I came up for air, ate some supper, realized I hadn't stepped foot outside the house all day, and considered my options. A glass of wine in hand, I returned to the computer. I wanted to "finish" working on it while all the details were fresh in my mind. I knew I wouldn't get a chance to work on it again for a week or so, and then I'd have to get back up to speed.

I threw out all the changes I'd made. (Except for a few additional tests I'd written.) Annoying, but at least it was only a days work.

By carefully adjusting the code I was able to keep the old approach, but remove most of the special cases that had been causing me trouble. The code is quite a bit cleaner now. I still have the off by one adjustment, but it's in a single place now.

Meanwhile, I've been reading Tokutek's blog about how COLA (cache oblivious lookahead array) style fractal trees are so much better than B-trees. That grass sure looks greener over there :-)

Thursday, October 06, 2011

Farewell to Steve

I sat down with my iPad last night to catch up on my blog reading and the first thing I saw was about Steve having died. We knew it was probable, but it was still a shock. When someone is so much larger than life, you don't want to believe they are bound by the same physical laws as the rest of us.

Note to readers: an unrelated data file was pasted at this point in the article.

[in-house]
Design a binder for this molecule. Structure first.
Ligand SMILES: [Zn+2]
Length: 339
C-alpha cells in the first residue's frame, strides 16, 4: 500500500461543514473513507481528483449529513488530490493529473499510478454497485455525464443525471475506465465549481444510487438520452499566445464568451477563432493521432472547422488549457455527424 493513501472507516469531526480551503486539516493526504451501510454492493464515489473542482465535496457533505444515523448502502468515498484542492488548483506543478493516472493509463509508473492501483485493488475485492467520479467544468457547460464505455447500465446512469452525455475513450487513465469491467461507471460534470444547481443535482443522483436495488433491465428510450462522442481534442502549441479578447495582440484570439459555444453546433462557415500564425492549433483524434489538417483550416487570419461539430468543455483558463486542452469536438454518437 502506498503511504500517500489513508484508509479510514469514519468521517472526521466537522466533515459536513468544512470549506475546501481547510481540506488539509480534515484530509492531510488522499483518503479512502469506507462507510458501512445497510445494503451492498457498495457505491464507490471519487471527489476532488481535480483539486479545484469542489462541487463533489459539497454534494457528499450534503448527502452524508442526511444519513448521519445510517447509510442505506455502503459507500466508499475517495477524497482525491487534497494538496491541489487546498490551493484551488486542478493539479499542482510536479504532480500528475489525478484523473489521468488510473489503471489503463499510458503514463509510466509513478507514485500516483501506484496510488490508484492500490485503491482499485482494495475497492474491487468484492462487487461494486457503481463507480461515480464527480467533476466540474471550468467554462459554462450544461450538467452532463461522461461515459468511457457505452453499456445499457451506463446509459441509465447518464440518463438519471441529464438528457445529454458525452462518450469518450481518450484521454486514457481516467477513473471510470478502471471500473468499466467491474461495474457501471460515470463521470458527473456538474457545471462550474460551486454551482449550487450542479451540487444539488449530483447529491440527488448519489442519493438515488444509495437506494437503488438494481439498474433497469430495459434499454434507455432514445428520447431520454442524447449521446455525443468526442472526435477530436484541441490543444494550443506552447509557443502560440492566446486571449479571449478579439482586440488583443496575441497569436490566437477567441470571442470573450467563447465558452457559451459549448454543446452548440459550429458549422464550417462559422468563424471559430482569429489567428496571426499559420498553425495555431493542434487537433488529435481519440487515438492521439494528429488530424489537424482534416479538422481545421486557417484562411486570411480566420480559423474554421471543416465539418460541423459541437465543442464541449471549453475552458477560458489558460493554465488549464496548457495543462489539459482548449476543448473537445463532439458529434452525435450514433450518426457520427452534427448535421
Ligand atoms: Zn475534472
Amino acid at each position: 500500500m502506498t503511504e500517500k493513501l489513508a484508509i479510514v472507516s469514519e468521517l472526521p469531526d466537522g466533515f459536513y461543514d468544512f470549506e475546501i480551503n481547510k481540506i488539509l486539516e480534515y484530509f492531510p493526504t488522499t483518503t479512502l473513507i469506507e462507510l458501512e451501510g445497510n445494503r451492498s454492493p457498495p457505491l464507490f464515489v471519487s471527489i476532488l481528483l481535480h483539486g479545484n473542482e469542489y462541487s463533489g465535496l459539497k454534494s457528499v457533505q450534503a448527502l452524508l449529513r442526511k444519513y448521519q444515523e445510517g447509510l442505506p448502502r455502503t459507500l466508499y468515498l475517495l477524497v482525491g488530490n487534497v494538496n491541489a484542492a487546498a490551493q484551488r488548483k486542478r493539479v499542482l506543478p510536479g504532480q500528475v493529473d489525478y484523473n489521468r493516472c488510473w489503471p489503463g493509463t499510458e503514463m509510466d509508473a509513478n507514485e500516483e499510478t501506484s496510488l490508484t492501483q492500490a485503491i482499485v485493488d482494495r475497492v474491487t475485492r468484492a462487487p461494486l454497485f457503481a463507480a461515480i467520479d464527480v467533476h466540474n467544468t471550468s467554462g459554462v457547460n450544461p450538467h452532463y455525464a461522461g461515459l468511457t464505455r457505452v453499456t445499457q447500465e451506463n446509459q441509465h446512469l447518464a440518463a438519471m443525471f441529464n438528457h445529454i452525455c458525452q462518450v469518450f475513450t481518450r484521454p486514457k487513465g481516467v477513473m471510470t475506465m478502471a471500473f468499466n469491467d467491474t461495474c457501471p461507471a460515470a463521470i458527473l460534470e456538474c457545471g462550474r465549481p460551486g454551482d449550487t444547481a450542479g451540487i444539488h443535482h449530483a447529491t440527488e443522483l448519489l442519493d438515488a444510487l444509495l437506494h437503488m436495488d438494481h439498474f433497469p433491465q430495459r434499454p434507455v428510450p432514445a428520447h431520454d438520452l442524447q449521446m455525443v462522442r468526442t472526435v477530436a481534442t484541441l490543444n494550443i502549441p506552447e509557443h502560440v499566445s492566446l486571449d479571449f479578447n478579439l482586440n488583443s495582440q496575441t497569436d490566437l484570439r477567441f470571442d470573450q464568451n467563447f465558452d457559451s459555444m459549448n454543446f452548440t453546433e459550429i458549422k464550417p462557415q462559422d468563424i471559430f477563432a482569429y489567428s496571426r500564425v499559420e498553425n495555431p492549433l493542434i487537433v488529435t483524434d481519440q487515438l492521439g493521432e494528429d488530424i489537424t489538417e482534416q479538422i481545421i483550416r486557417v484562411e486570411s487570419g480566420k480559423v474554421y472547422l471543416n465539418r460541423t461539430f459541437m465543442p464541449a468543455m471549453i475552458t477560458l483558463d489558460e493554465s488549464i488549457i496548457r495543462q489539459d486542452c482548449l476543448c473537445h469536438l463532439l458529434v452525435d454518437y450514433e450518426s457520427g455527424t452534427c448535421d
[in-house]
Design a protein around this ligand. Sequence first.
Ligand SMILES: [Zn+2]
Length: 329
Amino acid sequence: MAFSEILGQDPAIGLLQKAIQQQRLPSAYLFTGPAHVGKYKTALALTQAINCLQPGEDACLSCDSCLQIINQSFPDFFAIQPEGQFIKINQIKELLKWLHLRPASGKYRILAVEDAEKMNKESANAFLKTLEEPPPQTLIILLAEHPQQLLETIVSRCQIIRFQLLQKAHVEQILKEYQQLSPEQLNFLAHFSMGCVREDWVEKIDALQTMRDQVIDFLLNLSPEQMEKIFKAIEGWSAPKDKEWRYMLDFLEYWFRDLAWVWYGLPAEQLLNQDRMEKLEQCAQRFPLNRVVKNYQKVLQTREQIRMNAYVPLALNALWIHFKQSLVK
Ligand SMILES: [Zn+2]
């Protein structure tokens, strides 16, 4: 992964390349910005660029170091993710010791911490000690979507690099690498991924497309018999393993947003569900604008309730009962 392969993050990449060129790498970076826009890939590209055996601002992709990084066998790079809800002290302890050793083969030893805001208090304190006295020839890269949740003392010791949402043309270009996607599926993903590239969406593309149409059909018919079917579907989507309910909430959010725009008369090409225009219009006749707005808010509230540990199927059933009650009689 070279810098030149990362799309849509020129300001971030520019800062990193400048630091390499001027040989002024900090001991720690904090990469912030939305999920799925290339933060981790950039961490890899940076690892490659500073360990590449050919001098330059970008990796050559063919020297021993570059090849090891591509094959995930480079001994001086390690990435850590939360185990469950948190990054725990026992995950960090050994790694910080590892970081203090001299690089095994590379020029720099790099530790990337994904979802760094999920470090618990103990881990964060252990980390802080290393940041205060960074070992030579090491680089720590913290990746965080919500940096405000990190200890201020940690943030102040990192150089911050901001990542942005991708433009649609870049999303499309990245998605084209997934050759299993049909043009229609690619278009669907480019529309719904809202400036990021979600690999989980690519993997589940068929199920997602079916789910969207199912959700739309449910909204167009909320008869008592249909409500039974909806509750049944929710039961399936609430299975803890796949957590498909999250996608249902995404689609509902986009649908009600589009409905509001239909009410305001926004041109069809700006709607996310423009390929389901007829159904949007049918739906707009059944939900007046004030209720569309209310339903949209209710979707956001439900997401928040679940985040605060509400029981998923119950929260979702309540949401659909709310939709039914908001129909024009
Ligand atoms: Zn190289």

Apple started in 1977, at a time when I was becoming increasingly absorbed by computers. My first job (only job really, other than Axon) was at a local computer store. In the service department I repaired countless Apple II's. I remember when we first saw the Lisa, and then the Mac. It's hard to communicate what a revolution it was. Nowadays the world is filled with similar amazing gadgets, but not back then.

What a long way Apple has come, and a bumpy road at times. As an entrepreneur myself at that point, I remember my shock at Steve getting kicked out of his own company. Apple struggled and Microsoft grew to dominate. Back then we could not have imagined Apple ending up bigger than Microsoft. (Any more than we imagined Microsoft overtaking IBM.) And the idea that Apple would become the most valuable company in the world would have seemed like total fantasy. Steve returning to Apple and leading it to world domination still seems like a fairy tale.

Steve's abilities as a showman and salesman were alien to a geek like me. To me, what set him apart was his focus on design and user experience. Obviously, he didn't personally do all the design work. But I have to think he played a huge part in gathering and guiding his team, and shaping their culture and priorities. I can't help but wonder how things will change at Apple with Steve gone. In the short term, they will, no doubt, continue on much the same path. But in the long run, I wonder. (Just as I wonder how Axon will change when I'm not there. Not necessarily for the worse, but inevitably different.)

I don't agree with everything that Steve and Apple have done. Their closed, controlled, curated (and taxed) world is not my ideal, but it's hard to argue with what they have achieved. Apple's financial accomplishments are impressive. Even more impressive, is that they have one of the highest customer satisfaction ratings. What other company has grown so large, and yet still pleased so many people?

All in all, his life was an insanely great story.

We'll miss you Steve.